During the 1960s the churches, which had grown numerically in the 1950s during a post war economic boom, generally failed to address the issues of the day, including civil rights, the Vietnam War, and move of women into the broader work force. It held on to the old ways, and we have suffered as a result. The church appeared irrelevant as it sustained the status quo. Will we do the same today? Allen wrote this book immediately after the election. Unfortunately, it remains as relevant today as it did year ago. LGBT rights are under threat. Religious freedom has become a cause célèbre for conservative Christians, at the expense of Muslims and other religious minorities. As the first African American President left office, the chant of “making American great again” took on racial overtones, and in the shadow of a Supreme Court decision that enabled LGBT people to get married, LGBT rights are once again under threat (often in the guise of religious freedom).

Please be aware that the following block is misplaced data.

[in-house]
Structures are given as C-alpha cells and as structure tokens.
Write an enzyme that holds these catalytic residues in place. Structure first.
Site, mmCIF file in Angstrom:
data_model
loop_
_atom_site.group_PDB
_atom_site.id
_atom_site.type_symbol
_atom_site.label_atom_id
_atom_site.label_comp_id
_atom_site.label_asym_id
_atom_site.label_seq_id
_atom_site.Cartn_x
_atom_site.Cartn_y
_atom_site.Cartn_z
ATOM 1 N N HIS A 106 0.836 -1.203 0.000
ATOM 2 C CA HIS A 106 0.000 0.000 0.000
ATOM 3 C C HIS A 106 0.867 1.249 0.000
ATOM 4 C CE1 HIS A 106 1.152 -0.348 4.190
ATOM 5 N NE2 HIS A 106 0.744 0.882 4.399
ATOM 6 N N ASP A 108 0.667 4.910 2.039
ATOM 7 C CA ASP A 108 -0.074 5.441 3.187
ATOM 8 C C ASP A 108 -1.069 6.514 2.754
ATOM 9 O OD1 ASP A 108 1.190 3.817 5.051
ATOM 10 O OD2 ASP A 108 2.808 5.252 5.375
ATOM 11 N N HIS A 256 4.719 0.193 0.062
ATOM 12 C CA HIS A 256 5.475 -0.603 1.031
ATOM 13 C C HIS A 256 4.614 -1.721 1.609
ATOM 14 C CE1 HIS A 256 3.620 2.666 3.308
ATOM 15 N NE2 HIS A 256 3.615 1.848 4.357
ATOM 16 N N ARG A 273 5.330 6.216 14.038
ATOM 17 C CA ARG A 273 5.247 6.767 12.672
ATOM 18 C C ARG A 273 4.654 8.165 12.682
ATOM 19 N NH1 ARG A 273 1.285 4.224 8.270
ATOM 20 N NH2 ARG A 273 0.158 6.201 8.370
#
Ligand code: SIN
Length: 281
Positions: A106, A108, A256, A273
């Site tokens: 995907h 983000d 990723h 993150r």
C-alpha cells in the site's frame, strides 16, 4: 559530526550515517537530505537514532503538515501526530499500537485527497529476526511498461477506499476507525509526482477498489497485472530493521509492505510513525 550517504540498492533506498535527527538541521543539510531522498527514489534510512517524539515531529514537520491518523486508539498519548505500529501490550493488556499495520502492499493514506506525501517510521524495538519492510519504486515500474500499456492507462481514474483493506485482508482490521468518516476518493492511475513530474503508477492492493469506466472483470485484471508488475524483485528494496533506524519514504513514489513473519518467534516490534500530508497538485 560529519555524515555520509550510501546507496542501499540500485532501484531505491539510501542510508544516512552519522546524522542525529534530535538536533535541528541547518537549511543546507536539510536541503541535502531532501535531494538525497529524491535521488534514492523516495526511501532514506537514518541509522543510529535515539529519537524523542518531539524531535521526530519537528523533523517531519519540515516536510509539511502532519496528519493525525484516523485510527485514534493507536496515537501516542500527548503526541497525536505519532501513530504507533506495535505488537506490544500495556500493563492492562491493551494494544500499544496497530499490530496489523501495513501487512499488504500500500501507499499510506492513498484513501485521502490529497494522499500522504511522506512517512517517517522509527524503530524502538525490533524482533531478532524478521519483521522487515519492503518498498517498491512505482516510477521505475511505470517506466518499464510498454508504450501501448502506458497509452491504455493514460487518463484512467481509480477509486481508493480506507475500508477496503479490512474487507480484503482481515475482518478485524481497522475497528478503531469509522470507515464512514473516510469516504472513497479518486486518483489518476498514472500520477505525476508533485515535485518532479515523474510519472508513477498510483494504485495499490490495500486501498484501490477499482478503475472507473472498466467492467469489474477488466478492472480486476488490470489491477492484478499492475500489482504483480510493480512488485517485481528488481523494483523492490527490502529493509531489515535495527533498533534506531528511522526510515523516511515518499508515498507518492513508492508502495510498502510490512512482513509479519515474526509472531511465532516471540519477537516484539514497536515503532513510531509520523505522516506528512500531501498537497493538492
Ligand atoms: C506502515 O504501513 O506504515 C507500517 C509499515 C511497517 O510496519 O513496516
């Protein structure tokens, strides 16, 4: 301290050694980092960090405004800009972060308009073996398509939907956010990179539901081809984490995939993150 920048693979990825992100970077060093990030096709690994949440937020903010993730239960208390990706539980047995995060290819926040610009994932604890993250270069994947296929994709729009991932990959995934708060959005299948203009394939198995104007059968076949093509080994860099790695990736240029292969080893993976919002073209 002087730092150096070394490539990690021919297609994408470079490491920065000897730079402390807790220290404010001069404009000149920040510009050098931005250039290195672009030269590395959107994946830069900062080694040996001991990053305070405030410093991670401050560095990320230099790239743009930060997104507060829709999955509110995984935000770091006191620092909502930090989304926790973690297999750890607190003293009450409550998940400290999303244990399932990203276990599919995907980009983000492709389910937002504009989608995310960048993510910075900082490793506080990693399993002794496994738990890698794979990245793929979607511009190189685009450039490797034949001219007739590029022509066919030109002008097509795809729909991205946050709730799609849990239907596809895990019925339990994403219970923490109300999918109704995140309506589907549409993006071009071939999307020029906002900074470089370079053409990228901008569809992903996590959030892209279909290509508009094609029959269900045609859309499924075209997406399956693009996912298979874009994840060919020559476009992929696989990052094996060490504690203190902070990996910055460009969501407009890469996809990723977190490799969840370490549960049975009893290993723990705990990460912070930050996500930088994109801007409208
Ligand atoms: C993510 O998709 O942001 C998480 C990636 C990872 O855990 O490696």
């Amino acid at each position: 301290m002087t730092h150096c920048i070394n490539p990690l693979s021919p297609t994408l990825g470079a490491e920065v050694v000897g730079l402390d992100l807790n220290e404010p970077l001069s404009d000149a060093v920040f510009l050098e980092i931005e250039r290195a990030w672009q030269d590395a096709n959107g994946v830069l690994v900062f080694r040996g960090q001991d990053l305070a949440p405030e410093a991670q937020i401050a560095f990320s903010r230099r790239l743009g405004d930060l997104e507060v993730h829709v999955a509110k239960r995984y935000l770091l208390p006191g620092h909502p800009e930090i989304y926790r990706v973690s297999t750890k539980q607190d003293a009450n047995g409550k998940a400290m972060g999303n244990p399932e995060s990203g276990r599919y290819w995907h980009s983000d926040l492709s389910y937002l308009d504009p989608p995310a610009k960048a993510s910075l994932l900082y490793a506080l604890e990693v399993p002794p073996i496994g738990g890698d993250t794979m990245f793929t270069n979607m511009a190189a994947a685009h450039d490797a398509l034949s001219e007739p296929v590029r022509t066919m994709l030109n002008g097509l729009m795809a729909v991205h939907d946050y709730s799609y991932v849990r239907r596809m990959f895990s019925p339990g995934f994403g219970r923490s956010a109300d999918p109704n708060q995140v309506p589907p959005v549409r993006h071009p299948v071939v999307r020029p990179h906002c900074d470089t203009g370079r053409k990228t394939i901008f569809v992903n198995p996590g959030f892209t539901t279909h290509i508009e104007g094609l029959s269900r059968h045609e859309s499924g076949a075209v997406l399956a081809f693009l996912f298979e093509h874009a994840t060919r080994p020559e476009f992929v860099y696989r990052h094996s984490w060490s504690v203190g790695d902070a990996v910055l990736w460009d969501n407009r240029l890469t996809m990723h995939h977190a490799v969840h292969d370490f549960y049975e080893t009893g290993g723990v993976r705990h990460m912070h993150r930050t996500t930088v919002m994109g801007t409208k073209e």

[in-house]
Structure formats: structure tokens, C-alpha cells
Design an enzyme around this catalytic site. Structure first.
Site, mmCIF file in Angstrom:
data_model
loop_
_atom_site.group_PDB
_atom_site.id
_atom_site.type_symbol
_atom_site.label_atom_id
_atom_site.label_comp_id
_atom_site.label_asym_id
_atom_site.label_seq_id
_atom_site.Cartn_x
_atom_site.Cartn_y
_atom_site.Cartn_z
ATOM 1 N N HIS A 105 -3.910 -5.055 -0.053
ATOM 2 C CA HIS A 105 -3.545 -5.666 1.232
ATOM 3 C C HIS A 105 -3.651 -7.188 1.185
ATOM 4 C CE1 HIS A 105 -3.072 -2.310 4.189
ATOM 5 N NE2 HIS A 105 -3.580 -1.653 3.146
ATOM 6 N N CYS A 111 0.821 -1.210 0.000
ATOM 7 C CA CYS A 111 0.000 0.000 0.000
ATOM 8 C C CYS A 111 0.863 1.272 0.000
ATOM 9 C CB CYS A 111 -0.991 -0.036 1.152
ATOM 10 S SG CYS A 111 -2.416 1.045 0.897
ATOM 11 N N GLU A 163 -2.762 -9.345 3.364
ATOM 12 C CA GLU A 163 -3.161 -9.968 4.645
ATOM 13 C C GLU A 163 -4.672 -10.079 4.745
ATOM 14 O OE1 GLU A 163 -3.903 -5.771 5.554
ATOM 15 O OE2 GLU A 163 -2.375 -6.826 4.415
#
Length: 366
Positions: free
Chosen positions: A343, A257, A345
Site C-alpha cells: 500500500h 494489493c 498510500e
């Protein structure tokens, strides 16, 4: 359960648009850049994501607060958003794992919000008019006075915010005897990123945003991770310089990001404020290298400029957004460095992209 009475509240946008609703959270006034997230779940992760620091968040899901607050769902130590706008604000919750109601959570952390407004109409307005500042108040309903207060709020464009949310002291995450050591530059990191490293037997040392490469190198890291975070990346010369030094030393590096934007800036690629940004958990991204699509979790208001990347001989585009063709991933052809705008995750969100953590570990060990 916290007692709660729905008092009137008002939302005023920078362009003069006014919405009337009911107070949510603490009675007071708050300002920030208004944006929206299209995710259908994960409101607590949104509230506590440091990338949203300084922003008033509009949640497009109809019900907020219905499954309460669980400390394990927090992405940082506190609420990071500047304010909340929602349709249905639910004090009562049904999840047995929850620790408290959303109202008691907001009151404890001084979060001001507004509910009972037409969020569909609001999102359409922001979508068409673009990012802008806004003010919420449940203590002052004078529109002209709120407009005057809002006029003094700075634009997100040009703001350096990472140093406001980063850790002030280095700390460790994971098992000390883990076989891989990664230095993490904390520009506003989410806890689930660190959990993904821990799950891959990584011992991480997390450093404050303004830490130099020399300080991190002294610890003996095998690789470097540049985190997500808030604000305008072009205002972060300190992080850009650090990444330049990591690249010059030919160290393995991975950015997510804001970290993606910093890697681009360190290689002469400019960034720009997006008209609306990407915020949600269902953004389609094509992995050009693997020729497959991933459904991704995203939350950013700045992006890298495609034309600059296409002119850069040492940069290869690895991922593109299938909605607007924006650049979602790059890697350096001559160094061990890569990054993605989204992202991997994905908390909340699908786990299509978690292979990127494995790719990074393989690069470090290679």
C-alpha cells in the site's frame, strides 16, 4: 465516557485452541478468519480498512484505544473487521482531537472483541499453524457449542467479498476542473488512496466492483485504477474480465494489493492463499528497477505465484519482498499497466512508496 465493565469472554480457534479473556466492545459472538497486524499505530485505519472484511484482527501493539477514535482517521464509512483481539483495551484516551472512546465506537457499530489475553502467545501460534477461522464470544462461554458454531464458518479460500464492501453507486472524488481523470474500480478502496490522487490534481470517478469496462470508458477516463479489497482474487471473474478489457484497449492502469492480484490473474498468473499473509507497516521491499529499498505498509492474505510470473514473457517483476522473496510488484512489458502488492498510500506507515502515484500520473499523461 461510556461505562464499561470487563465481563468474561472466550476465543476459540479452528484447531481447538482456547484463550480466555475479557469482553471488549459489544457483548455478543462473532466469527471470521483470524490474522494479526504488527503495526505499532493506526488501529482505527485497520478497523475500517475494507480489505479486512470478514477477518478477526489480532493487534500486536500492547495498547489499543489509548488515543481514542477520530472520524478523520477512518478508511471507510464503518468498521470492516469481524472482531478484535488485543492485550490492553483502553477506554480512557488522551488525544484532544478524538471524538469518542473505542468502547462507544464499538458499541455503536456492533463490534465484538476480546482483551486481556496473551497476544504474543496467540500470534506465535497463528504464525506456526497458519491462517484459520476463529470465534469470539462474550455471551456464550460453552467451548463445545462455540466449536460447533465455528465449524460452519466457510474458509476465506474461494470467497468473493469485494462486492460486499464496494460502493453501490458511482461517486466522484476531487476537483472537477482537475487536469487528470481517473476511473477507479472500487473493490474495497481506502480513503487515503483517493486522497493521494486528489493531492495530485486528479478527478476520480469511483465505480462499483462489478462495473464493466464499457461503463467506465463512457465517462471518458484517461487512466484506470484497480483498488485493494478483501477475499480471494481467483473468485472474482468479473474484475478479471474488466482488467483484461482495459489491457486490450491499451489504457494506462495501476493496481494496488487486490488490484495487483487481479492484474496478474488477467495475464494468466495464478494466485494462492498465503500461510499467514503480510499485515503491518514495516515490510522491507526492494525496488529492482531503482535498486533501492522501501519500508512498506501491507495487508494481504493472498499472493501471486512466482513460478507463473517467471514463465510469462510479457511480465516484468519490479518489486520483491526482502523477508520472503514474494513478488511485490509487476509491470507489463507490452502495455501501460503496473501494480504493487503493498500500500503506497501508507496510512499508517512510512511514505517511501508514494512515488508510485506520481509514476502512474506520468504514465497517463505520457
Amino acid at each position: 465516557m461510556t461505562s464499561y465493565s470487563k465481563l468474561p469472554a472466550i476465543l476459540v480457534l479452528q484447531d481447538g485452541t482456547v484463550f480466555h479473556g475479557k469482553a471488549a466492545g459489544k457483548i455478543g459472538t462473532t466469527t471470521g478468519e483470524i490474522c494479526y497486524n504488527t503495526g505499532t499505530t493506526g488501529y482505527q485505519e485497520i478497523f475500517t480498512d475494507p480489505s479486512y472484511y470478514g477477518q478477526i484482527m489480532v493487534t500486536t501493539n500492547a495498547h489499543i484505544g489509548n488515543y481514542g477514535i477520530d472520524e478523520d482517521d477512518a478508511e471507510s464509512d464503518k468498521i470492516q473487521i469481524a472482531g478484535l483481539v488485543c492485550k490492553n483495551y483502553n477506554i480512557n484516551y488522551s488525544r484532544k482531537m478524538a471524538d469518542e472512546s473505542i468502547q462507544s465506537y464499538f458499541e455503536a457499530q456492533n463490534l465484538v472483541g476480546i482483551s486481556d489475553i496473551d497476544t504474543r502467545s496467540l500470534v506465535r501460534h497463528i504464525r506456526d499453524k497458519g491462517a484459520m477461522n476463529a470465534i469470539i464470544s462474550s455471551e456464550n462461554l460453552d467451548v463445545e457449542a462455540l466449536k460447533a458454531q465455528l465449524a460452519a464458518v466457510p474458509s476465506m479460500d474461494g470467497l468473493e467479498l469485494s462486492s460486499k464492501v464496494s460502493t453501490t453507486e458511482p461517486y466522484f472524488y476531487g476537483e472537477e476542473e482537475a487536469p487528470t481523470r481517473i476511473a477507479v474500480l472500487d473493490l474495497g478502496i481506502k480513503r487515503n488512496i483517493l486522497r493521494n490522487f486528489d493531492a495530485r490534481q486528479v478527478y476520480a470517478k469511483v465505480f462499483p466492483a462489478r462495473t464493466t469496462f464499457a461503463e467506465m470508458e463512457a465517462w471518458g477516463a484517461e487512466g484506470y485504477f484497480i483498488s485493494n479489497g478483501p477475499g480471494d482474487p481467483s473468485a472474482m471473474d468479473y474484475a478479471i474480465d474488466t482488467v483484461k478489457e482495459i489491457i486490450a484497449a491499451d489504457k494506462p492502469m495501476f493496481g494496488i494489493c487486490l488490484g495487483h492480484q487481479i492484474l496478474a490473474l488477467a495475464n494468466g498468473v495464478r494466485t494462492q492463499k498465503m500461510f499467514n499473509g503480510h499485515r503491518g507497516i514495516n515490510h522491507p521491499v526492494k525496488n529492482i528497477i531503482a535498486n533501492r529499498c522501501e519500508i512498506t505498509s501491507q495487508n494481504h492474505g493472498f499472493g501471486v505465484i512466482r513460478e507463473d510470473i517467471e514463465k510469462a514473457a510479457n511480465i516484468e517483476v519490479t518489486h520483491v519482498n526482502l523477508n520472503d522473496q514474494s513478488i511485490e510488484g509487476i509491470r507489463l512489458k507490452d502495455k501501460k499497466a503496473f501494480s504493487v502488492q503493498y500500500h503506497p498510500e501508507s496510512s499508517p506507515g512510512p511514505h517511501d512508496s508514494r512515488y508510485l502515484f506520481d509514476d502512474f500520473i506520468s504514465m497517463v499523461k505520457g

Allen’s book provides those of us who preach some wisdom for addressing the issues of the day. He names them and helps us formulate a way forward. He closes the book on a hopeful note: “I pray that the era of Trump leads to a revival of preaching related to social justice themes of God’s good news that essentially makes the era of Trump null and void in reshaping the diverse landscape of American society” (p. 111). Only time will tell. In the meantime, we who preach must remain vigilant and deeply rooted in the Gospel so that our preaching might be faithful to the call. It won’t end with the close of the Trump era, for each era has its own challenges and will require its own word of wisdom. For now, Wesley Allen offers us a word to take hold of. regarding "preaching in the Era of Trump."